Given the prescience of the study, it’s easy to forget who exactly we’re talking about.

“The paper wasn’t on Wells Fargo. It was on a different bank!” Fadil said. “Wells Fargo went beyond the pressure exerted by Amalgam and had targets for new sales being closed in a branch every day, and threatened to fire those who did not comply.”

At both banks, the high-pressure sales culture produced the similar results—fraud. And, as the professors stress, many large banks have adopted these aggressive sales programs to compete with each other, suggesting that fraudulently opened accounts likely spreads past Wells Fargo and this other top-10 bank.

In fact, CNNMoney recently reported that the Office of the Comptroller of Currency, a federal regulator of banks, is looking into how deep this really goes and whether that result really is inevitable given this specific set of circumstances. So how did this all happen?

According to Fadil and Fortado, it started in the 1980s when deregulation allowed banks to start competing to sell?? new products against other more market-driven financial companies. Thrusting themselves into these new spaces, many banks focused more on cross-selling (selling customers multiple products), while moving away from a customer service-based model.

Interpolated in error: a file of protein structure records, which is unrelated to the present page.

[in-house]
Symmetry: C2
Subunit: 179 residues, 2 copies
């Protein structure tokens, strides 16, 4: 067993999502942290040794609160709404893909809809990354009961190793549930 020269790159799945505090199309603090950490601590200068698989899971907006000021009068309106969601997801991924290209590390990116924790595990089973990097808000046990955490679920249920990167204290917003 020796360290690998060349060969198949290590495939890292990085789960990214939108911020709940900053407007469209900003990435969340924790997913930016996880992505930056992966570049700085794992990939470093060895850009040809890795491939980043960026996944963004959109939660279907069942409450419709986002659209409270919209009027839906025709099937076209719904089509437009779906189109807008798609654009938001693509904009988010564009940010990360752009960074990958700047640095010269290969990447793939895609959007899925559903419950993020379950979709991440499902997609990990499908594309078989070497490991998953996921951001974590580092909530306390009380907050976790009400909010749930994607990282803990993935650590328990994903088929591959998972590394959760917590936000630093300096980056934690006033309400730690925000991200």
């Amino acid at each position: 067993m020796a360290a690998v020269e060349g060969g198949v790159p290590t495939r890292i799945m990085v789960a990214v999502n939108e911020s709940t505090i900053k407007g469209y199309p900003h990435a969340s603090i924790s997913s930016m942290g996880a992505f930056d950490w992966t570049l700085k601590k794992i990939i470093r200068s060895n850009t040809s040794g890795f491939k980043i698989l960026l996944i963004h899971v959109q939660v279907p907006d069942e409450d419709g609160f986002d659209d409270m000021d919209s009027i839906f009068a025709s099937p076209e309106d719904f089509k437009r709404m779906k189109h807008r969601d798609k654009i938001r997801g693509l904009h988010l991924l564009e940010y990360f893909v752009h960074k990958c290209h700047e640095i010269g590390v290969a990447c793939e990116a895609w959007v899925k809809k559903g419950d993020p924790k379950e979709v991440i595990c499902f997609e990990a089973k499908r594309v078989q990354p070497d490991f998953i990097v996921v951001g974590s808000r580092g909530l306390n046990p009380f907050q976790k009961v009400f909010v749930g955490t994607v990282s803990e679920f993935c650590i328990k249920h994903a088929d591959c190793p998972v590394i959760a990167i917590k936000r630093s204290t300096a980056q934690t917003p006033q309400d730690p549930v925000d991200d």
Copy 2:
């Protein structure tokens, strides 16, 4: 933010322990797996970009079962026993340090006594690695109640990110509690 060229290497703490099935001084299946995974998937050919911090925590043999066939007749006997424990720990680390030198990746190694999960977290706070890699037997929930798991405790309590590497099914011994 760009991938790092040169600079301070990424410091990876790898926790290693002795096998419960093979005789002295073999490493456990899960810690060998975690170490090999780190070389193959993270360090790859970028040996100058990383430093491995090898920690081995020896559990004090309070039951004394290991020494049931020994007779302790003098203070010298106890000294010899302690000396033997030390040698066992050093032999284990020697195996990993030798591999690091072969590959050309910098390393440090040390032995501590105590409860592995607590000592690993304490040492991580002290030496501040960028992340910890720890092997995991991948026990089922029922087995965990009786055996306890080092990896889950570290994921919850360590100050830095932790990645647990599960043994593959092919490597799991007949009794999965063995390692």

“In the 1990s some of the big branches did back off on their sales culture because customers were getting upset,” said Fadil. That didn’t last, which raises the question of whether Wells Fargo’s removal of sales targets is permanent or merely part of a cycle.

“Do we adjust our expectations or does the industry go back to service?” Fortado mused. “I think the horse is out of the barn when it comes to them going back to a purely service culture.” If that’s the case, it’s important for consumers to know whom the employees are really serving.